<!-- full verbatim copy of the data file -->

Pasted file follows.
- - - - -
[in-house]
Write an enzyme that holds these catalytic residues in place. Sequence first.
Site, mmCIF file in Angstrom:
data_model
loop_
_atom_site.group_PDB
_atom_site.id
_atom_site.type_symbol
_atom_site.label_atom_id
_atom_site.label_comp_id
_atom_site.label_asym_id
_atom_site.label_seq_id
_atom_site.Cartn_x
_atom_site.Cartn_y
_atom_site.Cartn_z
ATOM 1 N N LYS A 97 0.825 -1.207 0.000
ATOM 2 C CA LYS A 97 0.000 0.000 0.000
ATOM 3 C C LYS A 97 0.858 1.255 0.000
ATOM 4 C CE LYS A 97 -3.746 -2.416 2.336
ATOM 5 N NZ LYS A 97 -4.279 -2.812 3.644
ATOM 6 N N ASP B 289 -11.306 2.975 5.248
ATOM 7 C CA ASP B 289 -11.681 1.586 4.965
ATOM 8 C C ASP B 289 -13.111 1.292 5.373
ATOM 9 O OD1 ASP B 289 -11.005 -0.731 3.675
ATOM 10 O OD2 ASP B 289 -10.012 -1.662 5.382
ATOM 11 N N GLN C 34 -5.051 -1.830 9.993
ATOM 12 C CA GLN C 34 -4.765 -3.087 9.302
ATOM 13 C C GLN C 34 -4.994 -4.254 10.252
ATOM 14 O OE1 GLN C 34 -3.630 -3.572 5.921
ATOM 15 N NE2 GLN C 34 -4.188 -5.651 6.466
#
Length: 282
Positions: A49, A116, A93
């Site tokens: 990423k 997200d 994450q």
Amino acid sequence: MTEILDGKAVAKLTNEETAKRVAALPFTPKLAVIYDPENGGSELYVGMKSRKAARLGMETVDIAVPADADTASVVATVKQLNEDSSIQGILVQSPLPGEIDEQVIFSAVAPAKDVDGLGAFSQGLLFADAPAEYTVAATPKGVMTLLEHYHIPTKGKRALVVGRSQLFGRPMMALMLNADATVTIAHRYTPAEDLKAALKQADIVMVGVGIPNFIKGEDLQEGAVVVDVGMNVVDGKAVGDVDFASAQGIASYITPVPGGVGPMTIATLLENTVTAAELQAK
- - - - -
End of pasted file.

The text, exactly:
[in-house]
Write an enzyme that holds these catalytic residues in place. Sequence first.
Site, mmCIF file in Angstrom:
data_model
loop_
_atom_site.group_PDB
_atom_site.id
_atom_site.type_symbol
_atom_site.label_atom_id
_atom_site.label_comp_id
_atom_site.label_asym_id
_atom_site.label_seq_id
_atom_site.Cartn_x
_atom_site.Cartn_y
_atom_site.Cartn_z
ATOM 1 N N LYS A 97 0.825 -1.207 0.000
ATOM 2 C CA LYS A 97 0.000 0.000 0.000
ATOM 3 C C LYS A 97 0.858 1.255 0.000
ATOM 4 C CE LYS A 97 -3.746 -2.416 2.336
ATOM 5 N NZ LYS A 97 -4.279 -2.812 3.644
ATOM 6 N N ASP B 289 -11.306 2.975 5.248
ATOM 7 C CA ASP B 289 -11.681 1.586 4.965
ATOM 8 C C ASP B 289 -13.111 1.292 5.373
ATOM 9 O OD1 ASP B 289 -11.005 -0.731 3.675
ATOM 10 O OD2 ASP B 289 -10.012 -1.662 5.382
ATOM 11 N N GLN C 34 -5.051 -1.830 9.993
ATOM 12 C CA GLN C 34 -4.765 -3.087 9.302
ATOM 13 C C GLN C 34 -4.994 -4.254 10.252
ATOM 14 O OE1 GLN C 34 -3.630 -3.572 5.921
ATOM 15 N NE2 GLN C 34 -4.188 -5.651 6.466
#
Length: 282
Positions: A49, A116, A93
């Site tokens: 990423k 997200d 994450q």
Amino acid sequence: MTEILDGKAVAKLTNEETAKRVAALPFTPKLAVIYDPENGGSELYVGMKSRKAARLGMETVDIAVPADADTASVVATVKQLNEDSSIQGILVQSPLPGEIDEQVIFSAVAPAKDVDGLGAFSQGLLFADAPAEYTVAATPKGVMTLLEHYHIPTKGKRALVVGRSQLFGRPMMALMLNADATVTIAHRYTPAEDLKAALKQADIVMVGVGIPNFIKGEDLQEGAVVVDVGMNVVDGKAVGDVDFASAQGIASYITPVPGGVGPMTIATLLENTVTAAELQAK